Everyone has their idea of what it means to be a millennial.
For many it is a segment designated simply by time, such as those born 1980 onwards, or aged between 18 and 34. For others it has almost become a synonym in itself for young people. Praised by some as digital natives, socially conscious or ambitious, criticised by others as lazy, entitled or narcissistic; whatever you think about millennials, they are a highly interesting and important demographic in today’s world.
So what is a millennial? And with such uncertainty surrounding its very definition, how can you effectively target this audience?
Where did the term ‘millennials’ come from?
The term is widely credited as originating from the authors William Strauss and Neil Howe, who wrote about the topic in their books Generations: The History of America's Future, 1584 to 2069 and Millennials Rising: The Next Great Generation.
They began using the term around 1987, when children born in 1982 were starting their education, and people realised that this cohort would graduate school in a new millennium.
What does the term mean to different people?
There is some disagreement on the exact age ranges, but the broad consensus is that millennials fall under the 18-34 bracket, and so were born in the 1980s and ‘90s.
Even the moniker itself – ‘millennial’ – is not ideal for all, with some observers preferring Generation Y (as a follow-on from Generation X) or Echo Boomers (paralleling the traits of Baby Boomers), as examples. And things become even more complicated when we explore different opinions on millennial characteristics.
The psychologist Jean Twenge described Millennials as "Generation Me" in her 2006 book Generation Me: Why Today’s Young Americans Are More Confident, Assertive, Entitled - and More Miserable Than Ever Before. And in 2013, Time magazine ran a cover story titled ‘Millennials: The Me Me Me Generation’.
This perceived narcissism from a few commentators, however, is considered by others as increased self-awareness. Millennial expert, Lindsey Pollak, writes that she finds
‘this generation to be more focused on describing themselves as individuals (hence the rise in “personal branding” as a career skill).’
The idea that millennials are narcissistic is at odds too with Strauss and Howe’s theory that millennials are actually the “civic-minded” G.I. Generation, with a strong sense of both local and global community.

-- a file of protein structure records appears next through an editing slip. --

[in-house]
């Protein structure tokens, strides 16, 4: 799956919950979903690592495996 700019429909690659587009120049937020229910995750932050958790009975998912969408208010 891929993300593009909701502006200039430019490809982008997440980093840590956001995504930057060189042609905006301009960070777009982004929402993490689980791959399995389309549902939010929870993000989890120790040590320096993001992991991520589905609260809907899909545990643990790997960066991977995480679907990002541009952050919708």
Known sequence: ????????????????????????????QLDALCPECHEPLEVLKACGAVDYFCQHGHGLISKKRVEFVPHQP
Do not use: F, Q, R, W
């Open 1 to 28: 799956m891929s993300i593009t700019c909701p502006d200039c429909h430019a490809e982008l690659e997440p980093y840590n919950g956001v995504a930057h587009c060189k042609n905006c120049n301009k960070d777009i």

The Boomerang Generation
American sociologist Kathleen Shaputis has called millennials the Boomerang or Peter Pan generation, because of the trend to delay some rites of passage into adulthood (moving out of their parents’ house or getting married, as examples) for longer periods than the generations before them.
In 2014, for the first time in more than 130 years, adults aged 18 to 34 were slightly more likely to be living in their parents’ home than they were to be living with a spouse or partner in their own household.
The Digital Generation
On the other hand, Ve Copywriter, Kate Rogerson, believes that the defining characteristic of millennials is their digital literacy. On targeting millennial travellers, she writes that ‘growing up surrounded by the internet and smartphones, they experience and expect instant gratification with everything digital. They are the ‘Now Generation’.’
To grow up surrounded by tech, millennials have learnt to expect an efficient online experience and demand only the best digital experiences.
Behind the millennial mask
The examples above are just a small sample of the varied opinions on the defining characteristics of millennials. The only clear conclusion we can draw is that millennials provoke a multitude of differing views, both positive and negative.
Pollack concludes that
‘many people have specific, often negative stereotypes about this generation. They’re surprised when they find someone behind the “millennial mask” with traits they weren’t expecting: hardworking, humble, inquisitive, to name a few.’
One way that some commentators have gotten around the millennial terming issue is by segmenting the cohort further, using terms like the Oregon Trail Generation or Xennial, for example. These neologisms were coined to cater for those individuals born in the late 1970s and early 1980s who might see themselves as being "between" Generation X and a millennial.
So how can you target millennials online?
Whilst it might be true that we’ll never be able to accurately ‘pin down’ what a millennial is, we’ve collated a handful of the broad characteristics that can act as a starting point when creating your buyer personas:
- As a general rule, millennials are active on social media and will use social platforms to interact, research and share ideas.
- They demand a personalised and intuitive online experience that is quick and easy to navigate.
- They are increasingly mobile-first and are strong believers in an omni-channel approach to browsing and purchasing.
- Whilst they often have less disposable income in comparison to older generations, they are more spontaneous when it comes to purchasing decisions and are happy to pay more for an ‘experience’.
- Growing up during a period of economic uncertainty, millennials are critical of anything inauthentic, so marketing needs to be personal, well-considered and, above all, offer value.
Whilst the above millennial identifiers can act as a useful starting point when creating broad buyer personas, they should not be taken as gospel. Understanding millennials, and more broadly understanding your audience, is an ongoing exercise that can only come from analysing the behavioural data at your proposal, alongside consistent evolution of your buyer personas and in-depth industry expertise.